Early November. Sun just going down. “Unseasonably warm,” they say. I’m heading home from the car dealership. New snow tires. But right now I’m stuck in Albany traffic, a standstill on I-787. Road construction. It’ll be a while. On the radio some disagreeable voices are arguing over the color of coffee cups. I turn them off and take in my surroundings.
Out the driver’s side window I see empty oncoming lanes bordered by bare trees. Somewhere beyond all that is the Hudson River, but I can’t see it. On the passenger side, there’s a retail outlet called Huck Finn’s Warehouse. They specialize “in any and everything for the home.” I just want to get home. Tucked in between this place and other warehouses along Erie Blvd. is a kiddie amusement park. It’s shuttered for the winter. The silhouette of the quiescent Ferris wheel against the darkening sky is unaccountably discouraging. Directly ahead of me in this traffic jam is a large white delivery truck. It looks brand new. The back is emblazoned with a corporate logo. I’ve never heard of the company. Below the logo are the words: “Casket Division.” On a distant hill sits the New York State Capitol. Whatever view there might be of that landmark is cut off by the delivery truck.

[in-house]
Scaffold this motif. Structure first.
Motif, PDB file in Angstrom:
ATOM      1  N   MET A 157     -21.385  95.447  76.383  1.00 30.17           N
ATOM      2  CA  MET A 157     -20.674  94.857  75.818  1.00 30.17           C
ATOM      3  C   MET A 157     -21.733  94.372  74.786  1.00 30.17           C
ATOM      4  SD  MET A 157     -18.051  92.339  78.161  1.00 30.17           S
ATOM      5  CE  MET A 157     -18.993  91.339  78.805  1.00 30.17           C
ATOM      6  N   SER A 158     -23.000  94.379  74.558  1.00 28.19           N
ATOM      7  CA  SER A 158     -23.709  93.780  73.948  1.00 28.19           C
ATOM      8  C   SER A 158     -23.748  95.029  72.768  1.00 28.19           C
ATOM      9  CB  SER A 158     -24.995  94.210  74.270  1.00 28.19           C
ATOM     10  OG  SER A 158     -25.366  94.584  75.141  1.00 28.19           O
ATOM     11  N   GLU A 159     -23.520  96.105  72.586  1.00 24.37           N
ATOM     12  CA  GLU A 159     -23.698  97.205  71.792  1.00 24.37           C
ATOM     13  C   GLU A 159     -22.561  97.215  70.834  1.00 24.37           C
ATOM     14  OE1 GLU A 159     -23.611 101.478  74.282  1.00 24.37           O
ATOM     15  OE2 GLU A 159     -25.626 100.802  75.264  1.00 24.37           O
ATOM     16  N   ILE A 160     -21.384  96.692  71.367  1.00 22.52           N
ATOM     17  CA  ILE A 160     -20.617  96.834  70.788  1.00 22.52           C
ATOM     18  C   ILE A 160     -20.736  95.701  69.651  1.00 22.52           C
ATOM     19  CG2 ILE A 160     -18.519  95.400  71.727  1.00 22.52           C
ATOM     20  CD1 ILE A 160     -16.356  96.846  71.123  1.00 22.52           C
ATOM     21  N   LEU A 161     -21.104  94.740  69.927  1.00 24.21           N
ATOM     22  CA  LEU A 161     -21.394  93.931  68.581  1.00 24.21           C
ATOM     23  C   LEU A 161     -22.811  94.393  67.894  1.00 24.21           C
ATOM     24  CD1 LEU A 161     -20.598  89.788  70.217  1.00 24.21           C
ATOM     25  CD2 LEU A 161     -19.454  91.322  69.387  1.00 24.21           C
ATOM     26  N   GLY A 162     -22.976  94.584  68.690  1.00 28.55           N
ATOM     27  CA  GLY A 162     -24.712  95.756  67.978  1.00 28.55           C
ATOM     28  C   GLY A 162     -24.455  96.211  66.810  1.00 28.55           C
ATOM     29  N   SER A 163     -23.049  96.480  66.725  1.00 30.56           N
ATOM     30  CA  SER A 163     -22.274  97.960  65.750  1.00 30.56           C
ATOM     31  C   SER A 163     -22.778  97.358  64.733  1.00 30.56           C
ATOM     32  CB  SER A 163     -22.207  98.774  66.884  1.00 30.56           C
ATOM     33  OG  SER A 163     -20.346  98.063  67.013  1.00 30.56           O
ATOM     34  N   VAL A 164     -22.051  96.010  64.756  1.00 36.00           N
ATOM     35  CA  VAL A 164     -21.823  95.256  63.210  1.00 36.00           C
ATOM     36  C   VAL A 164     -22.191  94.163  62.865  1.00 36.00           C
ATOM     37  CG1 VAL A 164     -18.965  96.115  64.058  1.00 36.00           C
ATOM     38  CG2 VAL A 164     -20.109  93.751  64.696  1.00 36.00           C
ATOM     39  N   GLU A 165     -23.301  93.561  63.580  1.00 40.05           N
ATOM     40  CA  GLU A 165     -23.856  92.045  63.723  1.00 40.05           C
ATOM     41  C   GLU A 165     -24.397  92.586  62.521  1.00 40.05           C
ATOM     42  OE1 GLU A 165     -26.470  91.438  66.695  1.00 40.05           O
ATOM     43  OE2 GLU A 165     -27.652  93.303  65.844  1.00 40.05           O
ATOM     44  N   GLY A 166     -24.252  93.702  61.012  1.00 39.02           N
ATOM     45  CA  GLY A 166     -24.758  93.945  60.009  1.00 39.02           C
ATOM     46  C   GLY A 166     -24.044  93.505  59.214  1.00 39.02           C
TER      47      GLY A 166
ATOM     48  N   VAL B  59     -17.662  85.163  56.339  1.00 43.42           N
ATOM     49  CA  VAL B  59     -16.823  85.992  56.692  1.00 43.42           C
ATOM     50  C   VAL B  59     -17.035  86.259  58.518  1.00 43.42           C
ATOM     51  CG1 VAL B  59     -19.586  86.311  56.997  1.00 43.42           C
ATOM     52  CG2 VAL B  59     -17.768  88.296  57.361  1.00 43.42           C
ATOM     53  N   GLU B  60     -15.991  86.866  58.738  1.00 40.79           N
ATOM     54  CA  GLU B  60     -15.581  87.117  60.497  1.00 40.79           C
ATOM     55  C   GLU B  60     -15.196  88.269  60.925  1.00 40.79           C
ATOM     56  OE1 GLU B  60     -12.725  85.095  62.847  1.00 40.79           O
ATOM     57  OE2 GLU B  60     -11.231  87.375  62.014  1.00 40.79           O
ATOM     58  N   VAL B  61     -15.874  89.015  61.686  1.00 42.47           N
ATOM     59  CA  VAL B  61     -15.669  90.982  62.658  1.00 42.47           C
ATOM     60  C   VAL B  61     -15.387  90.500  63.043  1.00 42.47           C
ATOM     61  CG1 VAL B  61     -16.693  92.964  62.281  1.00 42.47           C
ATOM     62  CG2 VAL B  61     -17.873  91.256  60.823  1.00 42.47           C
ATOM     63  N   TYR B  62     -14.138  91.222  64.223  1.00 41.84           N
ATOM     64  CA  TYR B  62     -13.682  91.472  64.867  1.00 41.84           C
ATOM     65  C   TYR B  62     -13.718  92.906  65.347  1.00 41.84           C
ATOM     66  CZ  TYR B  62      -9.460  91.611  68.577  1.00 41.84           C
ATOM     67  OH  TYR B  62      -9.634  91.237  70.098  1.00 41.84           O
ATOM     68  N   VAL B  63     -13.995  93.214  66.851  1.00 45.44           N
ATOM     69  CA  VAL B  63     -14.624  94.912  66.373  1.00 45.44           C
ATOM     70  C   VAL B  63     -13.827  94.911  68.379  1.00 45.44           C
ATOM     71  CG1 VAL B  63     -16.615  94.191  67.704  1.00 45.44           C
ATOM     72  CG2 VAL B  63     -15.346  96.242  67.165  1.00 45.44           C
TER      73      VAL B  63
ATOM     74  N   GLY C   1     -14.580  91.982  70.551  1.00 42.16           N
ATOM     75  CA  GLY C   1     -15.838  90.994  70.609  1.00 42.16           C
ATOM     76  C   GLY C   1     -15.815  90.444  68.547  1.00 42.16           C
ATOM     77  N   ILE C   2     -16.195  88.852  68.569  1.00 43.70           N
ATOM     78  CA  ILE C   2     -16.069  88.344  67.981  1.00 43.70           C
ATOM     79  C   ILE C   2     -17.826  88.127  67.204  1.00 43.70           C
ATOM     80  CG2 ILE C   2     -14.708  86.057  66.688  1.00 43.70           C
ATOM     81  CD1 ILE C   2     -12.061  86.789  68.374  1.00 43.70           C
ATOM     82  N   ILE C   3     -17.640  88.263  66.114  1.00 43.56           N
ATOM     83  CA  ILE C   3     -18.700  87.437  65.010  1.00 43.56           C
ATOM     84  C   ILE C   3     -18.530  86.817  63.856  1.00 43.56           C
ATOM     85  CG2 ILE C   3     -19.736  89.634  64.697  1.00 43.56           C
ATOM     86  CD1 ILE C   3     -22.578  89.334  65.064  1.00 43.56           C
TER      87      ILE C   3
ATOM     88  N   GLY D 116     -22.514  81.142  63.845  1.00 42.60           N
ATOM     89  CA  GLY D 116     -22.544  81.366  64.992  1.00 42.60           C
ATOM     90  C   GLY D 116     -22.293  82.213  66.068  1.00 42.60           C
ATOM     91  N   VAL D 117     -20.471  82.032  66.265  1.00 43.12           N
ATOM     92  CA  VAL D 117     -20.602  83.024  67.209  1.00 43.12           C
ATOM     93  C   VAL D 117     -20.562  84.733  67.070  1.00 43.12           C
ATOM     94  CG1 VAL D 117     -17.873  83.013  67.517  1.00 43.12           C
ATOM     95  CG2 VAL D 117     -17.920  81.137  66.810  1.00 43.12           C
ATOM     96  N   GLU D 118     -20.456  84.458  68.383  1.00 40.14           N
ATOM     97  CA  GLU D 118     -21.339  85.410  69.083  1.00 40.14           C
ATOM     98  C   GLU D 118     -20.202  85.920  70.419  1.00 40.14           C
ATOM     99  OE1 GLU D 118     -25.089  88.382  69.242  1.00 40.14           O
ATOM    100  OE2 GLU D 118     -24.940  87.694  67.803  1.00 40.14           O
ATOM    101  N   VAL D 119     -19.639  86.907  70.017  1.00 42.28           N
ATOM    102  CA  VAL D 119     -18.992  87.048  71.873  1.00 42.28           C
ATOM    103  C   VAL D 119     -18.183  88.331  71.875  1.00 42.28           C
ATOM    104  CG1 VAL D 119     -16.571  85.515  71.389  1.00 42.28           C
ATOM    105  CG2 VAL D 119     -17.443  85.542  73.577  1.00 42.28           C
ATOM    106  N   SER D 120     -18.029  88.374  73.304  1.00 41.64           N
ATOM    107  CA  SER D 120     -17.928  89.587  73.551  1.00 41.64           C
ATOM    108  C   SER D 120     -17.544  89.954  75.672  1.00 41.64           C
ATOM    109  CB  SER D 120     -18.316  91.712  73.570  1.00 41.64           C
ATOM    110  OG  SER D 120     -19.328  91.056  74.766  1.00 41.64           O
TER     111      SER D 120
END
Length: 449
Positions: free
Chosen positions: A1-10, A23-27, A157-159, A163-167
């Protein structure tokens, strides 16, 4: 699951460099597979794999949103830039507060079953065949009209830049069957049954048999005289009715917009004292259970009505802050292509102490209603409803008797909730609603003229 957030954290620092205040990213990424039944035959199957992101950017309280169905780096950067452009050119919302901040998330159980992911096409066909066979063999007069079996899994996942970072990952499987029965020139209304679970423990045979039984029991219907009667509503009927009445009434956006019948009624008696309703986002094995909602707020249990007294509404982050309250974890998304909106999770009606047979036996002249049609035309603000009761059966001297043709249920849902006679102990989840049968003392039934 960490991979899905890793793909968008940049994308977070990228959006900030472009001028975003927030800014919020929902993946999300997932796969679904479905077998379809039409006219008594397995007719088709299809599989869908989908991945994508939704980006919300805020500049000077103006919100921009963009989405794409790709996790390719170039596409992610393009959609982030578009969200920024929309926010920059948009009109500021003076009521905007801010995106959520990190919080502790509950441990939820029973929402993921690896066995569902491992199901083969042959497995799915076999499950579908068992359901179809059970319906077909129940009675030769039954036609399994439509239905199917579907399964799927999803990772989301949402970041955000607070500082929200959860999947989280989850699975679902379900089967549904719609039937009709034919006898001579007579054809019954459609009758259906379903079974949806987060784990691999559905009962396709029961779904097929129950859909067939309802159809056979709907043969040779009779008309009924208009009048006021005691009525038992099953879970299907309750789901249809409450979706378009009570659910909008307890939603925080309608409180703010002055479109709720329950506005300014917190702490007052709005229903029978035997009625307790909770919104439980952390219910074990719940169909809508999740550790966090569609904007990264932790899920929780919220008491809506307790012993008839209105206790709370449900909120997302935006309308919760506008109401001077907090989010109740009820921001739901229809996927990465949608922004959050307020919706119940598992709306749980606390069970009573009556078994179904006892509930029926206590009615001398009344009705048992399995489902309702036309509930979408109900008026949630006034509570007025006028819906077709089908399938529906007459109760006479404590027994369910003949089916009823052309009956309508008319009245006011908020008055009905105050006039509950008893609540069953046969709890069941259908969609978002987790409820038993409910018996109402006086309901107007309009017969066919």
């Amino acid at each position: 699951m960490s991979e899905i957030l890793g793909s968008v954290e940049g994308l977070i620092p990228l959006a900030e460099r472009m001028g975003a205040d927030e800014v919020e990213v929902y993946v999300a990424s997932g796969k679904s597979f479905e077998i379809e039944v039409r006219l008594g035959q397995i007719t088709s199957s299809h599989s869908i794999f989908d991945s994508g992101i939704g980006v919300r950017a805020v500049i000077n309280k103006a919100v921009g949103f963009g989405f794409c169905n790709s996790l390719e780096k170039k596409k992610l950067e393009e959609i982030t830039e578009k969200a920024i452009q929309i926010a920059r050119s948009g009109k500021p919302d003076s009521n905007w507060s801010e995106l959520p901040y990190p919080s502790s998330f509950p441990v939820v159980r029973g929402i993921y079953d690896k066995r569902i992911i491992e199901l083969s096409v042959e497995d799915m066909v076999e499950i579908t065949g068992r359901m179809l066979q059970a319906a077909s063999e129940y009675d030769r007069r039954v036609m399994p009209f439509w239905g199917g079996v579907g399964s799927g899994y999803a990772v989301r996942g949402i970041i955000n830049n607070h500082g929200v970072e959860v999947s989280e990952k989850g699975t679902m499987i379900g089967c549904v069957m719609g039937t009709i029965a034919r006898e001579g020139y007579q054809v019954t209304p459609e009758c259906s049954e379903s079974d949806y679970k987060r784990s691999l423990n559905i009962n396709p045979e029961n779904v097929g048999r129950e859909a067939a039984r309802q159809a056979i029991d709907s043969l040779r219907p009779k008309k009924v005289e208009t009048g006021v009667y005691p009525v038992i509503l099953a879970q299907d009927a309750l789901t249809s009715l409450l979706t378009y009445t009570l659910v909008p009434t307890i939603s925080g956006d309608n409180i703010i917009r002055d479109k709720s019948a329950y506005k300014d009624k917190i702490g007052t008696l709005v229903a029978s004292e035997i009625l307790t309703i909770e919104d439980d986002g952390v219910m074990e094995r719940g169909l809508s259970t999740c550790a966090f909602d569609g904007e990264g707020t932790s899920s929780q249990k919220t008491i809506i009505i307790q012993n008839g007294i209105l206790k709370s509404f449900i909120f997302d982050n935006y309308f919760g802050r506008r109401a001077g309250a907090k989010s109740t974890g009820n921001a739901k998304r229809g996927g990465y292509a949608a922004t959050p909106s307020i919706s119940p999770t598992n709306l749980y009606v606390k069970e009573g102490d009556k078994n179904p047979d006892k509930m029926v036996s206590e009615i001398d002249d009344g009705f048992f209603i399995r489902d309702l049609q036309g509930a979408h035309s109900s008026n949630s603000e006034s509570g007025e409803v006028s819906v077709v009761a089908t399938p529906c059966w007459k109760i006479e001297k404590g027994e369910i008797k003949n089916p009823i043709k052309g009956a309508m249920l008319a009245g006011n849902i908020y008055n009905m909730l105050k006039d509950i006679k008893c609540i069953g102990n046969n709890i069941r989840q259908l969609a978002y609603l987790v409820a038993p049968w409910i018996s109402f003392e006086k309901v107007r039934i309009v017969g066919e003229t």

On the passenger seat beside me rests a copy of Edmund Wilson’s last book, a memoir titled Upstate: Records and Recollections of Northern New York. It was published in 1971. I brought it with me to have something to read while they put on the snow tires. I finished the book while I was waiting. Here’s how it ends: “That the old life is passing away, that all around me are anarchy and what seems to me stupidity, does not move me much anymore. I have learned to read the papers calmly and not to hate the fools I read about. As long as my health holds out, I shall have to go on living, and I am glad to have had some share in some of the better aspects of the life of this planet and of northern New York.” Not long after the book came out, Wilson died. He was seventy-seven.
Those words put me in a mood to make a side trip on the way home. I drove through the Albany Rural Cemetery. Herman Melville’s family is buried in there. Somebody was walking a dog among the tombstones. No birds sang. It was everything I expected. On the other side of the cemetery were sprawling redbrick factory ruins now being reclaimed by forest. The roads I followed seemed unmaintained and led to places no one wants to go to anymore. Eventually I found my way to the Interstate and drove south. That’s how I arrived at this standstill. I’ll be here till the end.
This is it.